GRIMY STYLES: A tough first question. Grimy Styles began from the idea of a dirty melting pot of sound. It was not always pleasant and it was not always thought out or planned. It was a platform for us to take different genres of music and put them together and make this melting pot. And using the name Grimy gave us a lot of room to create a style.
At the same time in the beginning, as the name implies, it did sound grimy. The sound was definitely dirty. given us room — a platform within a genre itself, you know, definitely dub reggae — to expand from there and include other influences. We call it global dub music because it’s exactly that. Whether it’s Middle Eastern or American Soul or Jamaican Reggae, Afro pop, Afro beat — it all comes together.
AD: You guys are four white guys from Texas. How have you been able to channel the energy of Reggae and dub music?
GS: I don’t necessarily think it’s a color thing. The people of Jamaica took all different styles of R&B and jazz which necessarily wasn’t restricted to any color or ethnicity and created Ska music through their interpretation of it. We were merely taking these ideas and our interpretation of it — just a combination of things that inspires you. You know you imagine in their time as well that they were looking to America for popular sounds. I mean jazz was definitely an extension of popular music at the time. It was kind of underground and that sort of thing. But we do the same thing in this time. Whatever bizarre course we are on we keep it in that reggae element more than anything else does. But that is just by choice and we try to add other things to the melting pot.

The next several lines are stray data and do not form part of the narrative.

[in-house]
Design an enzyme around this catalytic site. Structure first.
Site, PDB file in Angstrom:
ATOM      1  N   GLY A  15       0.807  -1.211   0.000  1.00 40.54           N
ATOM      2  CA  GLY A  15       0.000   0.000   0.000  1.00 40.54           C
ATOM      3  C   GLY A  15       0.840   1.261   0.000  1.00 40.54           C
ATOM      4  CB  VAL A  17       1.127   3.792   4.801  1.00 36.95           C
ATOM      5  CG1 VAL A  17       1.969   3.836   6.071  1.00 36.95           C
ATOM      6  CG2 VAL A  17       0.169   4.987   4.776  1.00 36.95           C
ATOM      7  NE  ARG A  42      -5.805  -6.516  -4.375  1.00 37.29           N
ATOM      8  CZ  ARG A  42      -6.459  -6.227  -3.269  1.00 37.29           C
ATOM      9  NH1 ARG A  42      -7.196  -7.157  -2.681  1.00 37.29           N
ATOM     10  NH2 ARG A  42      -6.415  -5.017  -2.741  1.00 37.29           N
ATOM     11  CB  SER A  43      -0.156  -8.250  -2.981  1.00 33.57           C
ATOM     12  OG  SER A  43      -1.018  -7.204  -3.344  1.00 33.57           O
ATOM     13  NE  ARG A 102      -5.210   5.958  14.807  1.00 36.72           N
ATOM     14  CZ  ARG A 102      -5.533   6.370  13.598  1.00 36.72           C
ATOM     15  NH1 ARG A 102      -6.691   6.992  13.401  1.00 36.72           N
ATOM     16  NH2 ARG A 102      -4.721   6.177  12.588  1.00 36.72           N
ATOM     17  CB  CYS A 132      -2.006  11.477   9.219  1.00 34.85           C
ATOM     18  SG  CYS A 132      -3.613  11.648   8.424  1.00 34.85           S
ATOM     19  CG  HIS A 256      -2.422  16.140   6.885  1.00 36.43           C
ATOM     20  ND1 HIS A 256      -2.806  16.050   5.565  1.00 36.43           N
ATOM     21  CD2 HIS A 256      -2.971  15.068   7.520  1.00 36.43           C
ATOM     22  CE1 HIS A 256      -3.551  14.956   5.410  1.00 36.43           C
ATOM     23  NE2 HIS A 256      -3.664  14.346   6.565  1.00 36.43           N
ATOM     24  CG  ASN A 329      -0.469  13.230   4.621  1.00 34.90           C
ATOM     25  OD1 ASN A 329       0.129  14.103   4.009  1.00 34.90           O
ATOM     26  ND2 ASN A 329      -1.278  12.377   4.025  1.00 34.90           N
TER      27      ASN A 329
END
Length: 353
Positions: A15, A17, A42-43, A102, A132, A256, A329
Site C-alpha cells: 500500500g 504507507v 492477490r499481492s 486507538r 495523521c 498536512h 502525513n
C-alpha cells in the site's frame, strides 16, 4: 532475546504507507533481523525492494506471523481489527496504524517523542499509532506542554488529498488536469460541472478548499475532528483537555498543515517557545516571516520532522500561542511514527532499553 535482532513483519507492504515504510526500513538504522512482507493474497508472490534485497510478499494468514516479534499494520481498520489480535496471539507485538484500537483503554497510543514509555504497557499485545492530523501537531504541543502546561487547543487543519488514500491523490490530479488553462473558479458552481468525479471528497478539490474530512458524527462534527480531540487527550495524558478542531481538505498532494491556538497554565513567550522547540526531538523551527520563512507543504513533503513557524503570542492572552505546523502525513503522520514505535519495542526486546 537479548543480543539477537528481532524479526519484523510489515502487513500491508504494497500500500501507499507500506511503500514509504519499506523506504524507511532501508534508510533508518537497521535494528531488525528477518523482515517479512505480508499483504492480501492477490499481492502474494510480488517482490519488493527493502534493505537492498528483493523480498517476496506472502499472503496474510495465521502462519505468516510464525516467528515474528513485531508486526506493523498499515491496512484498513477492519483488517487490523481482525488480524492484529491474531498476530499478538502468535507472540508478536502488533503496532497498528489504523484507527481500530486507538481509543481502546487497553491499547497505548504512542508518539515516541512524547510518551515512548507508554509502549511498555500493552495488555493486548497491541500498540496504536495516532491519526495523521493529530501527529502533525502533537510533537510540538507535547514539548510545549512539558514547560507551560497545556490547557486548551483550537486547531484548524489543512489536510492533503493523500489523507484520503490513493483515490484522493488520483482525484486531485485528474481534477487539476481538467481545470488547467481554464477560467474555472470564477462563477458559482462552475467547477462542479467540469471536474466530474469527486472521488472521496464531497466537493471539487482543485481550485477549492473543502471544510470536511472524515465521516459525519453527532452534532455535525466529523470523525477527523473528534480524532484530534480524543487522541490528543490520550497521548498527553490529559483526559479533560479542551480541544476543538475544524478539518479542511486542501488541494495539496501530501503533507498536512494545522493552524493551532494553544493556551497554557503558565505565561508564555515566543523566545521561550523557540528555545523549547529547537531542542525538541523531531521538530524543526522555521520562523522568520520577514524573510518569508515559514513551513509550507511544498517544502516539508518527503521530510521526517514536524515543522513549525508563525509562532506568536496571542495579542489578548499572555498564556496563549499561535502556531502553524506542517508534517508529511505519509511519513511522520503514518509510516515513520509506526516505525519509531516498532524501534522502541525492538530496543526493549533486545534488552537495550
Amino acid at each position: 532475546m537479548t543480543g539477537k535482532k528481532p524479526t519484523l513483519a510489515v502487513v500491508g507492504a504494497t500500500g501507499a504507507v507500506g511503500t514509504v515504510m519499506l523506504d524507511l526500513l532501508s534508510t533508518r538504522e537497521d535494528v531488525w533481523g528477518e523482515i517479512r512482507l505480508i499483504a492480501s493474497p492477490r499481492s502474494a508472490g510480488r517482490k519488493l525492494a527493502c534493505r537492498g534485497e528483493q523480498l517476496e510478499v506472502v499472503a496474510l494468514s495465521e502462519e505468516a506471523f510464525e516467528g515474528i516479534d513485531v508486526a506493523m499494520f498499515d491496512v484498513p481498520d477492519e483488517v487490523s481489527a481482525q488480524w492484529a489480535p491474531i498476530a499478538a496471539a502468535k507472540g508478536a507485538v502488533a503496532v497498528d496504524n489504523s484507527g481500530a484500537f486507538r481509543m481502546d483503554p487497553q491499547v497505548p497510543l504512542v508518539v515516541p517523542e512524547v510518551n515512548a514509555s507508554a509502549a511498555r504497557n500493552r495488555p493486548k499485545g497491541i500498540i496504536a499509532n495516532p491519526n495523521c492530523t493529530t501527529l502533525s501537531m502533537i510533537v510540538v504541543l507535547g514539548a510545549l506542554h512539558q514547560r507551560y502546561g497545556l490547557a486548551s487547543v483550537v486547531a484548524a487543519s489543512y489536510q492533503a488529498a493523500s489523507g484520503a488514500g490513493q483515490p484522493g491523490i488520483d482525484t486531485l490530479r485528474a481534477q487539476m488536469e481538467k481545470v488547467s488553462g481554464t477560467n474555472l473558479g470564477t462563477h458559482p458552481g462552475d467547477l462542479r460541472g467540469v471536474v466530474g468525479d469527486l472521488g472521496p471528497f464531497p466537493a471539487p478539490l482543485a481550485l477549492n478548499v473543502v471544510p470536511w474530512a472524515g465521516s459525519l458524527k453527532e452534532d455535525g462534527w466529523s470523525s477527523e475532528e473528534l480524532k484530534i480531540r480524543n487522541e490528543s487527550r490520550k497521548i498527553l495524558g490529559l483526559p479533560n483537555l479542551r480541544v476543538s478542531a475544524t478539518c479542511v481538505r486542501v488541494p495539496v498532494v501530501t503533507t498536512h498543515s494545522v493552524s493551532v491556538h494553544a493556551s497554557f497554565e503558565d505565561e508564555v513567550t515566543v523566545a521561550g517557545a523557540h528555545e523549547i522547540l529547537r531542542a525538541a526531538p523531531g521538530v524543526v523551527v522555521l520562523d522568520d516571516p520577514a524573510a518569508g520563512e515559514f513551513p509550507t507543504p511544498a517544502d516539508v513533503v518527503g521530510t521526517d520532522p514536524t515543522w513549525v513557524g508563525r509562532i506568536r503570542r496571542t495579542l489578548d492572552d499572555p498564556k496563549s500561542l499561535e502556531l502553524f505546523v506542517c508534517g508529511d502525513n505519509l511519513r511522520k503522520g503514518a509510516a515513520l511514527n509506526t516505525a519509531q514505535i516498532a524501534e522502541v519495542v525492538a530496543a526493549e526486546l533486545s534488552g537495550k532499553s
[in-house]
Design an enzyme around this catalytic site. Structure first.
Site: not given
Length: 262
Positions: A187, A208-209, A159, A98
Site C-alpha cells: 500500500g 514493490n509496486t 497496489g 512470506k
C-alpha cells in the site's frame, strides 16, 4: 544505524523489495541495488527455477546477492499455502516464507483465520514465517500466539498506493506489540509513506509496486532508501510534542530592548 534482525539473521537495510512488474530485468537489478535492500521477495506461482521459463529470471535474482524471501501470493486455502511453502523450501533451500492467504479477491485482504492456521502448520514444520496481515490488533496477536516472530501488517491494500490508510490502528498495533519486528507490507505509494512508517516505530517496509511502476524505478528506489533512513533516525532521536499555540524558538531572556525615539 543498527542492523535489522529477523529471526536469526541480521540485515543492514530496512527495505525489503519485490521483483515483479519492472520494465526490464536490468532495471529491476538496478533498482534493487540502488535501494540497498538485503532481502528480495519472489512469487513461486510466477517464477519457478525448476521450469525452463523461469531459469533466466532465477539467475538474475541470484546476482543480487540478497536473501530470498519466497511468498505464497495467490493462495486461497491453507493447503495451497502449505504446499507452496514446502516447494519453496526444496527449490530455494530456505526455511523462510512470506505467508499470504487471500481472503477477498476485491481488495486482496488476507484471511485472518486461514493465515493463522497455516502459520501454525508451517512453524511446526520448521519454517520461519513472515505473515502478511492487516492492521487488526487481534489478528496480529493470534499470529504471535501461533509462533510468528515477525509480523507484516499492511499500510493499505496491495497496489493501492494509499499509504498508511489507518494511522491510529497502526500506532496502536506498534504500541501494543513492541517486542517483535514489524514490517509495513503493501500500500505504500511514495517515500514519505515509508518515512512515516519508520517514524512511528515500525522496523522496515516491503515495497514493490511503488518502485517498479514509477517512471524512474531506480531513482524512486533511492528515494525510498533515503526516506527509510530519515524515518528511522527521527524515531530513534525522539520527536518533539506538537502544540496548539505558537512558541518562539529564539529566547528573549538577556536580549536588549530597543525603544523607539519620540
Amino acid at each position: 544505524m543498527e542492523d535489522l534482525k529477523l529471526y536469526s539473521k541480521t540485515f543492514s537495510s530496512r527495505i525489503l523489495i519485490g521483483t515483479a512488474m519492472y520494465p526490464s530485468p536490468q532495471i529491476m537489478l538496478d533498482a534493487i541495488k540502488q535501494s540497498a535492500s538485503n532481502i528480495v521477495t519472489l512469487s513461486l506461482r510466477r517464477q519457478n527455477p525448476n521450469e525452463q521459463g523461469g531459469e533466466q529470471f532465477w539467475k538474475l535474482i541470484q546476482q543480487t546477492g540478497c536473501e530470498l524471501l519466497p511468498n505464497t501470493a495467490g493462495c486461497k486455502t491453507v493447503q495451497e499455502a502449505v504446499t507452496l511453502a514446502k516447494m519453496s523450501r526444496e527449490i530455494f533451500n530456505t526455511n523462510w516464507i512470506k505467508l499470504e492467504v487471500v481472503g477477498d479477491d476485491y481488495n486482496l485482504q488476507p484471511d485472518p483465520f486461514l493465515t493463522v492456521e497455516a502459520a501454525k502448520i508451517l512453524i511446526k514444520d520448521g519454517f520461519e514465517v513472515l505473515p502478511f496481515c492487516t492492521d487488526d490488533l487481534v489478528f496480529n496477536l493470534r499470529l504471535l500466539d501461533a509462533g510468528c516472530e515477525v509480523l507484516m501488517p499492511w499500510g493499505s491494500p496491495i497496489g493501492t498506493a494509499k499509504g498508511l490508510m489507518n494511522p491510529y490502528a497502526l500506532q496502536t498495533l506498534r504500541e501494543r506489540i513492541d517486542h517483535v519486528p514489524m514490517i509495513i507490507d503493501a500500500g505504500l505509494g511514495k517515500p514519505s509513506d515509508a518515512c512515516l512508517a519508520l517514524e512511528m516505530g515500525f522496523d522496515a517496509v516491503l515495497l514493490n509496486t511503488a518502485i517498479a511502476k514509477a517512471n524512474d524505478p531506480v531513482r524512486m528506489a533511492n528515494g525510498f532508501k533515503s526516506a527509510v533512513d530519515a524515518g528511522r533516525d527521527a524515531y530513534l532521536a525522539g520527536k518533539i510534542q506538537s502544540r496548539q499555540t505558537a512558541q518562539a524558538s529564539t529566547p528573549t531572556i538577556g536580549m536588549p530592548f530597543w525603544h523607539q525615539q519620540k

AD: Have you gotten feedback from other reggae artists?
GS: Yeah, I would say so. Probably what’s more interesting than anything is for a traditional reggae artist who has been playing reggae for 25 years or who is in the Jamaican scene to listen to what we are doing. And they are going to see it for those things that you brought up: they are going to see that it’s those four white guys playing this music; playing some traditional sounding selections and then also playing this kind of mix of other things. Some might find it odd, some might appreciate it -hopefully they appreciate it. Matt works for Steven Gibbs down in Kingston and all of us have been down there. And it’s interesting to hear his feedback on the album and on the recordings. Truthfully he likes the more roots variety. But in the experimental, atmospheric, post-modern dub that we do, it’s definitely a lot harder for them to digest. But there’s still that backbone there that is appreciated by other people. But that’s our target audience –the entire globe, not the roots lovers or the dub lovers. We try to have a wider audience.
AD: What is the best thing about Austin and the worst?
GS: The best thing is that there is so much music in Austin — so much to see; so much to digest. And the worst thing is there is so much music in Austin. Coming from a selfish point of view, being a band trying to make it and playing on a Saturday night you’re competing with thousands of other bands that are out in the city – good, good talent too. But we are here and love it so we wouldn’t have it any other way.